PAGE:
Flip-flops and Long Pants

I was driving the other day and saw a woman waiting to cross the street wearing work pants – slacks, or trousers, or whatever you want to call them – with flip-flops.

Her pants were long, so they dragged on the ground as she walked. This is not an uncommon sight; I see a woman similarly dressed several times a day here in downtown San Francisco. I asked my friend Lisa, who was in the car, to explain. “Well, long pants are very stylish for women right now. Of course, they need to be worn with high heels to look right. But high heels usually hurt like hell, so we wear flip-flops to and from work.”

That seemed logical, and Lisa is my definitive source on such matters. “But,” I queried Lisa, “I see that all the time, and it totally frays the pants. What do women do about that?” Lisa looked at me as if I were a moron (not the first time she gave me that pitying look, by the way) and declared “they get new pants.”

I had always been annoyed by the flip-flop with long pant look, but never really knew why. Maybe it was the discordance of combining beach wear with work wear. Maybe I’m just compulsive enough that the dragging hems vexed me. But during my conversation with Lisa, distaste crystallized into theory. I began to see this look as emblematic of something more than just fashion; I saw it embodying a troubling aspect of our society.

Allow me to explain. The woman I saw crossing the street – let’s call her Sarah – wants to be fashionable, so she wears long pants. But long pants demand high heels, which hurt. Yet Sarah wants to be comfortable too, so she switches out the high heels for flip-flops whenever possible. She wants fashion AND comfort. There is a cost to Sarah having her cake and eating it too: frayed pants. But that cost doesn’t faze Sarah, since she can always buy new pants.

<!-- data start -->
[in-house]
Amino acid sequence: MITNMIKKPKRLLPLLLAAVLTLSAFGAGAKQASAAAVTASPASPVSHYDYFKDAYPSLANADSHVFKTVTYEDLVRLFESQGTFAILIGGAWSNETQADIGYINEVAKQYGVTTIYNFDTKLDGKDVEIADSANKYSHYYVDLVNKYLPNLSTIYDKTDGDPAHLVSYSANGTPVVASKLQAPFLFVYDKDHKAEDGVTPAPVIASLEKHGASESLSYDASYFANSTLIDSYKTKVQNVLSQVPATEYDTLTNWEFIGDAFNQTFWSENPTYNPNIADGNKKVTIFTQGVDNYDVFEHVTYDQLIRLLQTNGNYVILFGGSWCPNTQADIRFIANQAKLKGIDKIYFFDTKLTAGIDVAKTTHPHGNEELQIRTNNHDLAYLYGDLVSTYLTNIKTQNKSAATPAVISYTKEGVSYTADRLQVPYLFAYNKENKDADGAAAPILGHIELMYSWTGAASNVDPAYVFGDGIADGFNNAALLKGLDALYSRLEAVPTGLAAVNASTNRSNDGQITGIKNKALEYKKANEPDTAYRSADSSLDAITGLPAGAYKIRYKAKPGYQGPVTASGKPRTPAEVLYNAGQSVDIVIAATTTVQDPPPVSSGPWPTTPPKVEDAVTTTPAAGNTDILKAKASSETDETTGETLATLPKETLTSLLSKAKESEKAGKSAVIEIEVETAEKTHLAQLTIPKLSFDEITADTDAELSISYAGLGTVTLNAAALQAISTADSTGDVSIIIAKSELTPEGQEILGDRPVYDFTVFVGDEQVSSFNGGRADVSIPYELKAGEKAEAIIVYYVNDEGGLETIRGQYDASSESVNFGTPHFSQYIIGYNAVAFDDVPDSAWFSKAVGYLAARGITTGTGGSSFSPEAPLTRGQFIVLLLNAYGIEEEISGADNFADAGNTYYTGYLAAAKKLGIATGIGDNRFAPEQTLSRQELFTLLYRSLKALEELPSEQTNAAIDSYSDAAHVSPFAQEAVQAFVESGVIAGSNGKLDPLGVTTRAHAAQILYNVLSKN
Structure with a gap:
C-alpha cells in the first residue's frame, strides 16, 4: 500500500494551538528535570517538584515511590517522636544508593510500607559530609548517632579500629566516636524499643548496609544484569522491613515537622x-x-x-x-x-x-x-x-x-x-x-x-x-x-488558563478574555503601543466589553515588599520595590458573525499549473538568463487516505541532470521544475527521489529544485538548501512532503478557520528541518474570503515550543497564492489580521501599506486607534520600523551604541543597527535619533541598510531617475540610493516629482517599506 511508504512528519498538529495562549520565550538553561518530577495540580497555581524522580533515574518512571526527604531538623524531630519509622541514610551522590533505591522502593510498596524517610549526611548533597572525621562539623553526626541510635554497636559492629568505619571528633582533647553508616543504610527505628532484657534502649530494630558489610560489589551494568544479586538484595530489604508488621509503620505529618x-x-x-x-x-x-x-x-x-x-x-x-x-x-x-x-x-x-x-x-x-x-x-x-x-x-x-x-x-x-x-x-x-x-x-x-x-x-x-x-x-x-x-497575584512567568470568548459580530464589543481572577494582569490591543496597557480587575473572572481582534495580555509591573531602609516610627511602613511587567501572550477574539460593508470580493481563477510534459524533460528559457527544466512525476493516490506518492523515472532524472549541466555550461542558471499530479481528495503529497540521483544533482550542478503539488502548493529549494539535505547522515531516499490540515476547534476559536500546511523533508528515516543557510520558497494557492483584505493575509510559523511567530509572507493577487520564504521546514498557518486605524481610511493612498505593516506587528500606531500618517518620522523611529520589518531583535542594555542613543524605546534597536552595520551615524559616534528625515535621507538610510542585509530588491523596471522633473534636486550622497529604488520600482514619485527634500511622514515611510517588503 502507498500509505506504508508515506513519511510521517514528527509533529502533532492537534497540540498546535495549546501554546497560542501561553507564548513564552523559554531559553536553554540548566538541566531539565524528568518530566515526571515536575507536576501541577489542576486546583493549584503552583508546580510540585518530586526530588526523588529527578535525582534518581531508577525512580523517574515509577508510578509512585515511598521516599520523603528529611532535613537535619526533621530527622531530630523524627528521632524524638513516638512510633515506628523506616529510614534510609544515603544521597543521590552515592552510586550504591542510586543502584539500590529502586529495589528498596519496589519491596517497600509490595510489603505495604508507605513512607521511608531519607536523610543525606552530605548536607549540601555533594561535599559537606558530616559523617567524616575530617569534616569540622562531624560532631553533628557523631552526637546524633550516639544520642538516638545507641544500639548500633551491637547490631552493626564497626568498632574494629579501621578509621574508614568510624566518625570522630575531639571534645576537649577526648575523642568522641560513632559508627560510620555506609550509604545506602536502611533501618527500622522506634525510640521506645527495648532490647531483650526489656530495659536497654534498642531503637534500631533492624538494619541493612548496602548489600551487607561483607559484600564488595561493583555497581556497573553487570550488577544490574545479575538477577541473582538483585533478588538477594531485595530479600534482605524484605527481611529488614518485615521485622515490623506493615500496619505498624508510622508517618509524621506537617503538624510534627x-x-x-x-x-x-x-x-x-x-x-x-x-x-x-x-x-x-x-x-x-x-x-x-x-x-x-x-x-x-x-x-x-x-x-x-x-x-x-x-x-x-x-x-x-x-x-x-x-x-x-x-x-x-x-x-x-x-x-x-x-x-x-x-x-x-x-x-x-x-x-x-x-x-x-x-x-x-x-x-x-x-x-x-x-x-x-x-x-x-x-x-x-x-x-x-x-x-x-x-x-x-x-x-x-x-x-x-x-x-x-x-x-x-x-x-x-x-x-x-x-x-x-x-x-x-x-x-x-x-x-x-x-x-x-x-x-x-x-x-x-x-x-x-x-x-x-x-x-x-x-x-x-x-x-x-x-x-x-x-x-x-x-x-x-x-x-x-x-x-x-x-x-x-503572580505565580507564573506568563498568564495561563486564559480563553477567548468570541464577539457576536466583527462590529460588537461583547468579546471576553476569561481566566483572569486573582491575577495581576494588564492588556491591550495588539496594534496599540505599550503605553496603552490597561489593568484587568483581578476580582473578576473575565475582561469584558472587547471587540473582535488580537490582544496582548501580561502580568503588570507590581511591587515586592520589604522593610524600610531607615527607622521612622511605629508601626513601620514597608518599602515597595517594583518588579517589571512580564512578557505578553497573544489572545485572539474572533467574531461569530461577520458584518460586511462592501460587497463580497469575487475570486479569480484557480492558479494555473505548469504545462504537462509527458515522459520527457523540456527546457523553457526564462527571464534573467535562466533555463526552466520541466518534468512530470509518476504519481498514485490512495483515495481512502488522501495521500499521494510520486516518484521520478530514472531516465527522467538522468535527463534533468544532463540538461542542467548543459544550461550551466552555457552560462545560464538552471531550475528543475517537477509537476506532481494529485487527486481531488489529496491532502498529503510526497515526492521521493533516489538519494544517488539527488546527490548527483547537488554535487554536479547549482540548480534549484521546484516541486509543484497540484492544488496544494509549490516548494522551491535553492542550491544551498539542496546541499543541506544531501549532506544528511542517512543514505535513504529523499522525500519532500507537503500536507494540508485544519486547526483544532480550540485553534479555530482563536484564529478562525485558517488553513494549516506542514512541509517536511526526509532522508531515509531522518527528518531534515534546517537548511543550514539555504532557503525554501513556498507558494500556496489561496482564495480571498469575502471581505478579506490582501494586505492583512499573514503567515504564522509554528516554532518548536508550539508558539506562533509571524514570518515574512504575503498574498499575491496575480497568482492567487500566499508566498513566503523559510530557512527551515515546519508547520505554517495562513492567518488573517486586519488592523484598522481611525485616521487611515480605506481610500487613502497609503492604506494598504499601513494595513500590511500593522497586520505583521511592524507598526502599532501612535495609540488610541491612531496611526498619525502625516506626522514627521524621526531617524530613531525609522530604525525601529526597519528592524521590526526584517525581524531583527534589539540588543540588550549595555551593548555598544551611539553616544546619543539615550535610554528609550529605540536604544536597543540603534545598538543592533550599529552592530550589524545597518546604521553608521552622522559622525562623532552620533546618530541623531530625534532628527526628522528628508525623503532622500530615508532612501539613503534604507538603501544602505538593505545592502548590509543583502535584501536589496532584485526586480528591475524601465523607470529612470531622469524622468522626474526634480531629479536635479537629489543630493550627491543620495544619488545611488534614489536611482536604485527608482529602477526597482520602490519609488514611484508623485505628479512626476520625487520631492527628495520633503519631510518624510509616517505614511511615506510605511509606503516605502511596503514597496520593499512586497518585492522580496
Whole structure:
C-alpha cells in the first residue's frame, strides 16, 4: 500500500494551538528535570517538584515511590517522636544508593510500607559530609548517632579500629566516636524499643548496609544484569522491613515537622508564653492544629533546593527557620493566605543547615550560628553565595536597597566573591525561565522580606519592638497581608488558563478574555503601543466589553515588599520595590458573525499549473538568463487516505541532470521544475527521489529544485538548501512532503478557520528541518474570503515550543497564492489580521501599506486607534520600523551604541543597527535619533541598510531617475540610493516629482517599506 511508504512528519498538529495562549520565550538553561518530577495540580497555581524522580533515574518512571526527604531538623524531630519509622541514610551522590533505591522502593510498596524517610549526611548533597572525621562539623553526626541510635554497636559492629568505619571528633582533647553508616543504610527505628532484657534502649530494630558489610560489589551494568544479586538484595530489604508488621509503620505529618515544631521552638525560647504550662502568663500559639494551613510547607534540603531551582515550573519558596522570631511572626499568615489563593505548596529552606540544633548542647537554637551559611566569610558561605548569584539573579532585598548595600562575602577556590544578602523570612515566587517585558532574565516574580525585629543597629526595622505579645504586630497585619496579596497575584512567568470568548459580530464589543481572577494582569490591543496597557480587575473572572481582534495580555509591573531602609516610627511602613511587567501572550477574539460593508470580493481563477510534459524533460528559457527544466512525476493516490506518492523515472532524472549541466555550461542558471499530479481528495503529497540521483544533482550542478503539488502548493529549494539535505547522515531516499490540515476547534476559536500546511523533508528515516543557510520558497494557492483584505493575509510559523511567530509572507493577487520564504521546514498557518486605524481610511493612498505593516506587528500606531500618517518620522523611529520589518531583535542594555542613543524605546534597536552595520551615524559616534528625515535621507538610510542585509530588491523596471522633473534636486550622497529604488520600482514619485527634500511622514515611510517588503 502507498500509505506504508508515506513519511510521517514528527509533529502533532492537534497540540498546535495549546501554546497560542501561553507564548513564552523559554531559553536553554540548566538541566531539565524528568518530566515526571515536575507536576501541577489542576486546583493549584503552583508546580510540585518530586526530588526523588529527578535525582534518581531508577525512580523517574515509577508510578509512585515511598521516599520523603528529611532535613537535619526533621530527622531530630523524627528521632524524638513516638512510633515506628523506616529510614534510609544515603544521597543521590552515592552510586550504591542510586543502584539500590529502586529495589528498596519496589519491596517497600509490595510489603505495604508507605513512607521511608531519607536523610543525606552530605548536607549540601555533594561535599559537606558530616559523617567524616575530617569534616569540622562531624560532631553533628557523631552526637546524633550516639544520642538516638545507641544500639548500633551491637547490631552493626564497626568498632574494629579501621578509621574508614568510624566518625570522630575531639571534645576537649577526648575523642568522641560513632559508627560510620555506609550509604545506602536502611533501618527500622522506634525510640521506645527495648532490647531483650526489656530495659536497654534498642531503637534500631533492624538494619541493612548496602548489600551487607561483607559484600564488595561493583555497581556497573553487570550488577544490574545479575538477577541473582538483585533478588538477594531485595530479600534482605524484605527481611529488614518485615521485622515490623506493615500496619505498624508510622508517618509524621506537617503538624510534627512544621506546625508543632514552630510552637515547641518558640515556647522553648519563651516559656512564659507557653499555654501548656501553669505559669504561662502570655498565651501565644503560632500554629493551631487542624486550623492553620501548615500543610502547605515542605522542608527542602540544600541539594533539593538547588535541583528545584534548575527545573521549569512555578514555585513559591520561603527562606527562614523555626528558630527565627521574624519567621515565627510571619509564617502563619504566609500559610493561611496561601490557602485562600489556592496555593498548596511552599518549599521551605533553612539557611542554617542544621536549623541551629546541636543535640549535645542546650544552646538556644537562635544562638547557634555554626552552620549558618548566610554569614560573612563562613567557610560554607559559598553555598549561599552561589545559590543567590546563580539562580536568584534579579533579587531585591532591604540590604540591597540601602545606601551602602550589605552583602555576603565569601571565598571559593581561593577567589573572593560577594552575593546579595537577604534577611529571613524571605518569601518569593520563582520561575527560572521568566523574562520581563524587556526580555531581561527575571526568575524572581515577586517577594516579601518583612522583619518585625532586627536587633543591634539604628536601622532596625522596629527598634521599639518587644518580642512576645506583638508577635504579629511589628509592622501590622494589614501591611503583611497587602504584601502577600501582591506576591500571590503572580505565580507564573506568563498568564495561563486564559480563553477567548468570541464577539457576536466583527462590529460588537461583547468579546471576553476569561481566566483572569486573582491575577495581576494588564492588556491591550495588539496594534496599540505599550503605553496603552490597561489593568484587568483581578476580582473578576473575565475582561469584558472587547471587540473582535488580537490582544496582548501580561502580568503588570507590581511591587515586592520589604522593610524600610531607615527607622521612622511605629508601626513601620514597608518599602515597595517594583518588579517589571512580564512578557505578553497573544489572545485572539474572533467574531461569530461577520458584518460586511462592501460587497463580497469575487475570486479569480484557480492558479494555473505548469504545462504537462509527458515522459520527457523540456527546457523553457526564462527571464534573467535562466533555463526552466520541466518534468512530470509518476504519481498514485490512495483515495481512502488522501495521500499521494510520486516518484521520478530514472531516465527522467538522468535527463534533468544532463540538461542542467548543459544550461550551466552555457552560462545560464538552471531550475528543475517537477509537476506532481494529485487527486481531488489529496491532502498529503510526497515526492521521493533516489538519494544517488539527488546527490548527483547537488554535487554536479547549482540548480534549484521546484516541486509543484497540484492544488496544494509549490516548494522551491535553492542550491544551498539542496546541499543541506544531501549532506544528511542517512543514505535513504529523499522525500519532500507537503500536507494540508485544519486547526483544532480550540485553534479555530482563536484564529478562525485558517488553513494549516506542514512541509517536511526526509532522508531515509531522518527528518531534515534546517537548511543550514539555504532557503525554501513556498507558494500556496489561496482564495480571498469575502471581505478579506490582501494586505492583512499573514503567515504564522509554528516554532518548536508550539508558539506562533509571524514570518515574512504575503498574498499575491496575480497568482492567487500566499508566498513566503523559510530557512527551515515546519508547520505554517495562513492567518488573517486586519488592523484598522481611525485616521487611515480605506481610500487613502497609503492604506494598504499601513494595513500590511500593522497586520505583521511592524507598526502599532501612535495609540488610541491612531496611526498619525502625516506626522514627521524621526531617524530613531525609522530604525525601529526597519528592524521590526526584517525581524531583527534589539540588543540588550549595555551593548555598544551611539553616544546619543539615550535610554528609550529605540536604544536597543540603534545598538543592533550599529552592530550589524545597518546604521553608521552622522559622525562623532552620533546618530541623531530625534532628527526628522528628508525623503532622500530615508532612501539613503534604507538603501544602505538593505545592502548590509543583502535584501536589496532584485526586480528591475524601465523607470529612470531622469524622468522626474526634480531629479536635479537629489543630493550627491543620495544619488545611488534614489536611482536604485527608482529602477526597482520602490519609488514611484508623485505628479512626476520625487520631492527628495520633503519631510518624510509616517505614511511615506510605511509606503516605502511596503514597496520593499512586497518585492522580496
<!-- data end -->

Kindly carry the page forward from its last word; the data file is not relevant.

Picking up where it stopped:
Sarah is like America: she wants to look good and feel good, and damn the consequences of having it all. She refuses to suffer even a modicum of discomfort for her style, and solves her dilemma by overspending, throwing away pants that cost more than the entire wardrobe of much of the world.

In many ways beyond fashion, America wants to have it all. We want to drive giant SUVs yet not pay much for gas. We want our taxes cut yet our services increased. We want cheap and easy mortgages yet our bank deposits to be safe. I personally want to date supermodels who are also nuclear physicists. But in each case the reality is that we can’t have it all.

As a final little fillip to this flip-flop entry, yesterday’s Wall Street Journal had an article on a California legislator who is trying to ban helium-filled mylar balloons because they float away and can short out power lines or kill sea animals who swallow them. The party planning industry is fighting the ban. Says one party planner of her clients: “everybody wants something high-end and glitzy.” Exactly. They want their 10-year old’s birthday party to look like a celebrity wedding, even if it kills a sea otter or two.


5 responses to “Flip-flops and Long Pants

  1. Great post. keep it up.

  2. Danielle Cain

    true, true, true!

  3. too true – and no frayed hemlines here.

  4. That’s why some creative New Yorkers came up with these: http://www.zakkerz.com.

  5. Pingback: Kids Say Hey: The Casualization of America | Thoughtbasket

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